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Could Drug Store Giants Eventually Sell THC?

It's possible, but many hurdles remain.

This story originally appeared on Benzinga

Drug store giants are already establishing themselves in the CBD market. Major players, including Walgreens Boots Alliance Inc (NASDAQ:WBA), Rite Aid Corporation (NYSE:RAD) and CVS Health Corp (NYSE:CVS), entered the cannabis space in 2019. Today, an array of CBN-infused products are offered in numerous states across thousands of their stores.

Could THC be on the horizon?

That may eventually be the case for Rite Aid. In May, CEO Hayward Donigan said there were complexities to selling pot products in stores but that the company was "keeping an eye on it," according to Hemp Industry Daily.

Related: Marijuana Dispensaries Offer Essential Services Across The Country. Here's Why It Matters.

Regulations remain

Joshua Green, co-CEO and co-founder of cannabis healthcare tech platform Veriheal, said that as legalization and research advances, "[T]he enterprise outlook on cannabis as medicine could open a new wave of business expansion for the traditional household brands."

Still, Green and various other cannabis sources highlighted an array of hurdles that could prevent pharma retail giants from expanding into THC.

Neil Juneja, managing partner for cannabis firm Gleam Law, said if cannabis is no longer considered a medical product then drug stores would likely sell it as they do alcohol or cigarettes. He said the outcome is far more likely than seeing an ongoing large market for medical marijuana requiring a prescription or OTC-style sales.

In what could reveal Rite Aid's possible approach, Donigan noted that pharmacists had been re-certified as integrative pharmacy specialists trained in alternative therapies.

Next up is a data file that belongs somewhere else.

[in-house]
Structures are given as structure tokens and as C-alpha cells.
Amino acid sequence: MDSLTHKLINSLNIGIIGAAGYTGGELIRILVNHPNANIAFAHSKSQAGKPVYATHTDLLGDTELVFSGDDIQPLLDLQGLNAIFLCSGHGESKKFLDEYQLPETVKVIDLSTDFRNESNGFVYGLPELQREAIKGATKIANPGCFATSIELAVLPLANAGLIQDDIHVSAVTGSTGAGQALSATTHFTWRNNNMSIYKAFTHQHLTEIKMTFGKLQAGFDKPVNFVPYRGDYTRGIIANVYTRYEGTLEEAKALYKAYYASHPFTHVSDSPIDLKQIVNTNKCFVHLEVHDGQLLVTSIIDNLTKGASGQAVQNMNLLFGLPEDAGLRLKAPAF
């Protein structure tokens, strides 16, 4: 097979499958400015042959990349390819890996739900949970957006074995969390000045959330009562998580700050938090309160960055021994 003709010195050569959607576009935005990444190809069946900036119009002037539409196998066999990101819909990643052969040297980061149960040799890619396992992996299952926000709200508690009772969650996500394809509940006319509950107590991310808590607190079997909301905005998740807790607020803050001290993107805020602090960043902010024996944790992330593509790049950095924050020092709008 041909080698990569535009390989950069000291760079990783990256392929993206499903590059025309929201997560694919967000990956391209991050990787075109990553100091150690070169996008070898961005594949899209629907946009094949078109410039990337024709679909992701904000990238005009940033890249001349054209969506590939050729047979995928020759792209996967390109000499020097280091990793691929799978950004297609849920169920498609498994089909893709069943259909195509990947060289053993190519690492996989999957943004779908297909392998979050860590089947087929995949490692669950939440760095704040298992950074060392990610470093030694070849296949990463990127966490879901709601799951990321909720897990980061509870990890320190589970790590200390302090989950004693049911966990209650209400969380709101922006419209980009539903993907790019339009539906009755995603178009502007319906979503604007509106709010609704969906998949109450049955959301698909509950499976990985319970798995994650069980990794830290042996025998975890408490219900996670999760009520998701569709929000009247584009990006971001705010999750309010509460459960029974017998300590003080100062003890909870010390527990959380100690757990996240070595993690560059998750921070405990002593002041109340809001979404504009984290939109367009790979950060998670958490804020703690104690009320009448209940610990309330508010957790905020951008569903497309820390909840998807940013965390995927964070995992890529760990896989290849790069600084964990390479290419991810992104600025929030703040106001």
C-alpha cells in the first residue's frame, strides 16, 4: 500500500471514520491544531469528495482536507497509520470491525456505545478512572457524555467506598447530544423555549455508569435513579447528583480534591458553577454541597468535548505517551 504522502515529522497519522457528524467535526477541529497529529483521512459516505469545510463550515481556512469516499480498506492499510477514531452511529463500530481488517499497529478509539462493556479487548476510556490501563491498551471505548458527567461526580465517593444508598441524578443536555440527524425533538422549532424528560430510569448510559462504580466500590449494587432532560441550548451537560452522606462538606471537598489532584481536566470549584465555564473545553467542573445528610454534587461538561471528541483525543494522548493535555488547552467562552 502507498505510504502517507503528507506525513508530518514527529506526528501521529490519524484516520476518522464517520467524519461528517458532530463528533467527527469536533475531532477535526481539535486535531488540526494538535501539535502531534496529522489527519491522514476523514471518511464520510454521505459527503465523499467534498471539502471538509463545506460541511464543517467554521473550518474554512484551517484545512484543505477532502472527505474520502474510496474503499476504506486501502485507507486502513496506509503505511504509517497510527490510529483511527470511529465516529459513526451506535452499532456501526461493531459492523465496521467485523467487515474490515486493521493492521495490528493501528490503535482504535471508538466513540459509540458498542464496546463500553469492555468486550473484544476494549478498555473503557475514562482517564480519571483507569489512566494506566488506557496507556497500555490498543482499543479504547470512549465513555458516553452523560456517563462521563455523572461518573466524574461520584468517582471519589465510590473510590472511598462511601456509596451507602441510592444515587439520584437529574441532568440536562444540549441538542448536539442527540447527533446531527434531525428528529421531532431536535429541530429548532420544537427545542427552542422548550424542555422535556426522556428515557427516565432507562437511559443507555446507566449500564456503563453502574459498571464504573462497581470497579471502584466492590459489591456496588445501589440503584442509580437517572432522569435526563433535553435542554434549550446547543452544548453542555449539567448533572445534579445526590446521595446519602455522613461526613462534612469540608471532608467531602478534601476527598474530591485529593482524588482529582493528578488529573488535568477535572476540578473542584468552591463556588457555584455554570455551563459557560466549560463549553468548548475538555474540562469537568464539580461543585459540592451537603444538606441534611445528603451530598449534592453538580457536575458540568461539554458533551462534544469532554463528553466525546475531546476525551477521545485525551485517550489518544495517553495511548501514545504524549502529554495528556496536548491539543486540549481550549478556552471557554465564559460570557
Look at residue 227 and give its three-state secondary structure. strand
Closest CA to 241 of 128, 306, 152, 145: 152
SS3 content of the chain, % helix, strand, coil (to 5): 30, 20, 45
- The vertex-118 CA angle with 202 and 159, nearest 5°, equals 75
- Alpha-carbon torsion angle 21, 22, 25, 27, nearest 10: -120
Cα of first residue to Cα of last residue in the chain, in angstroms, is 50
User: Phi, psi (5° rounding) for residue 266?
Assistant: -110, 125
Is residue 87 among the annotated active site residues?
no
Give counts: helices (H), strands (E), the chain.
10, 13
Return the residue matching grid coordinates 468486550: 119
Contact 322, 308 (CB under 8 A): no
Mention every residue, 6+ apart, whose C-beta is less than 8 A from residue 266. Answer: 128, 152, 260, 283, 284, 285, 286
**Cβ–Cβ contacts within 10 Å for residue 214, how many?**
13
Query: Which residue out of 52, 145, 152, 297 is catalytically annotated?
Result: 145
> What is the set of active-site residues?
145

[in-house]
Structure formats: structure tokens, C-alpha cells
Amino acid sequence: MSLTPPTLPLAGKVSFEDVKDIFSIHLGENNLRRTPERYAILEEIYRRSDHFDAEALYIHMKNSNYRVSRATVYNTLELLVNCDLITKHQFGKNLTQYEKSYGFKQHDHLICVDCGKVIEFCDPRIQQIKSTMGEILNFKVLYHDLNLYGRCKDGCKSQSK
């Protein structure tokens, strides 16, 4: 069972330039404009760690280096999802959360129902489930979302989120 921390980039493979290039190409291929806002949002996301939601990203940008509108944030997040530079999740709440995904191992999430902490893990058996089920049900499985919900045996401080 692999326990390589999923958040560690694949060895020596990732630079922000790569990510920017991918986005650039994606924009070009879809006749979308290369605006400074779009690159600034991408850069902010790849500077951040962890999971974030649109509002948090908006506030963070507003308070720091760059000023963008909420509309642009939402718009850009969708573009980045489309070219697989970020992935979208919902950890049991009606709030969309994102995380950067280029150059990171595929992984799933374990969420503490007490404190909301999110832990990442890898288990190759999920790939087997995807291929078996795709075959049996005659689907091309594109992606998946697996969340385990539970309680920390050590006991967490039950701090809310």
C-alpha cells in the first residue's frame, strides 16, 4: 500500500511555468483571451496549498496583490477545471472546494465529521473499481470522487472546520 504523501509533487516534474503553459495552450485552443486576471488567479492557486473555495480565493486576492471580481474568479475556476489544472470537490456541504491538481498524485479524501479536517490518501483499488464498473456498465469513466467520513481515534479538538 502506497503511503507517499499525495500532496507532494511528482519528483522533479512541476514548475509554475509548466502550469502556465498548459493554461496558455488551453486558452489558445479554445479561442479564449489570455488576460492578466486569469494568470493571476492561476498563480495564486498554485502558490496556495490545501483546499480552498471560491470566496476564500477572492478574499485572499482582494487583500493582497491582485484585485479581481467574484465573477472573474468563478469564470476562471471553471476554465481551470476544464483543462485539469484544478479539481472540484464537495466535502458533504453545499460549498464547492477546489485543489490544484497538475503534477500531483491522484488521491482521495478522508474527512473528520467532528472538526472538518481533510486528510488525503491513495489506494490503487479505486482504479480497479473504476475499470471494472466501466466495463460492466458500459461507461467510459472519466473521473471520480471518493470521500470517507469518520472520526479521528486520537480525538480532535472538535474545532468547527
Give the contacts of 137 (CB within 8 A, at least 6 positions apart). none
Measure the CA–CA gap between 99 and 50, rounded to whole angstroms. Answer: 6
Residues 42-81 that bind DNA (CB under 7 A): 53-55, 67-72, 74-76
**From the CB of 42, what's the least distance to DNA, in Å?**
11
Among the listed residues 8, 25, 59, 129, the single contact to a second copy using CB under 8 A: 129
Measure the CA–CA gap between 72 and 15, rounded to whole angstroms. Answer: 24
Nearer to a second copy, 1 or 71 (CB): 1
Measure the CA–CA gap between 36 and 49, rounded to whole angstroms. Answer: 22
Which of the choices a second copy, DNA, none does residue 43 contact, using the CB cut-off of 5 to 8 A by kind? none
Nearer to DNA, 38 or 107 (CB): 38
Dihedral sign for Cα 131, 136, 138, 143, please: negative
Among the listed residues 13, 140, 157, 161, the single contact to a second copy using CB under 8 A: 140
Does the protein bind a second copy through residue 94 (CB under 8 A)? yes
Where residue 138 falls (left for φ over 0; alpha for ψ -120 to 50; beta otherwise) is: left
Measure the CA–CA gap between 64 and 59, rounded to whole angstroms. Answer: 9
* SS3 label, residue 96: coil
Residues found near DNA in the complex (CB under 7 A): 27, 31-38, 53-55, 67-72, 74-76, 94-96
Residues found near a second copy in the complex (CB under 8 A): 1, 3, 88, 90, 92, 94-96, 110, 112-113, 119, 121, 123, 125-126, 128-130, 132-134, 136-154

Rollout could take a decade

Green said that while regulations remain a hurdle, logistics are the more significant concern.

He calls mapping the space, from transporting products to executive partnerships, a conundrum. "You can start to envision how far out the implementation of a fully integrated legal market into general stores could be," especially when considering each integral component, Green said.

He predicts it will take 10 to 15 years before every state has cannabis readily available.

Smoke Wallin, alcohol industry veteran and chairman and CEO of hemp brand Vertical Wellness, agreed, noting that cannabis and alcohol face a similar marketplace with state-by-state regulations.

"We're still fighting about the rules of liquor and where it can be sold," he noted. "That's 75, 80 years after prohibition was repealed."

Related: New Study Uncovers Benefits (And Lack of Knowledge) of Medical Cannabis

Investor concerns

Michael Sassano, CEO of EU-focused cannabis extraction brand SOMAÍ Pharmaceuticals, reported that virtually every medium and large pharma company is looking to enter the cannabis market.

He called the UN's decision to reschedule and Jazz Pharmaceuticals PLC's (NASDAQ:JAZZ) $6 billion acquisition of GW Pharmaceuticals Plc. (OTC:GWPRF) as significant signs for the industry.

Sassano expects structural issues despite any possible federal legalization. He views federal regulations leading to the standardization of products, creating a myriad of financial and regulatory hurdles.

"Federal legalization would most likely lead to either GMP-Nutraceutical or GMP-Pharmaceutical rules, which would require a tremendous amount of capital to refit current facilities," he said.

He predicted that, at worst, a company might need a new facility to remain compliant with new regulations.

"Large multinationals are not willing to gamble on that outcome until rules are more clearly defined," Sassano added.

Like drug stores, it appears multinationals and other prominent players will continue to wait until the time is right. When that may arise remains to be seen.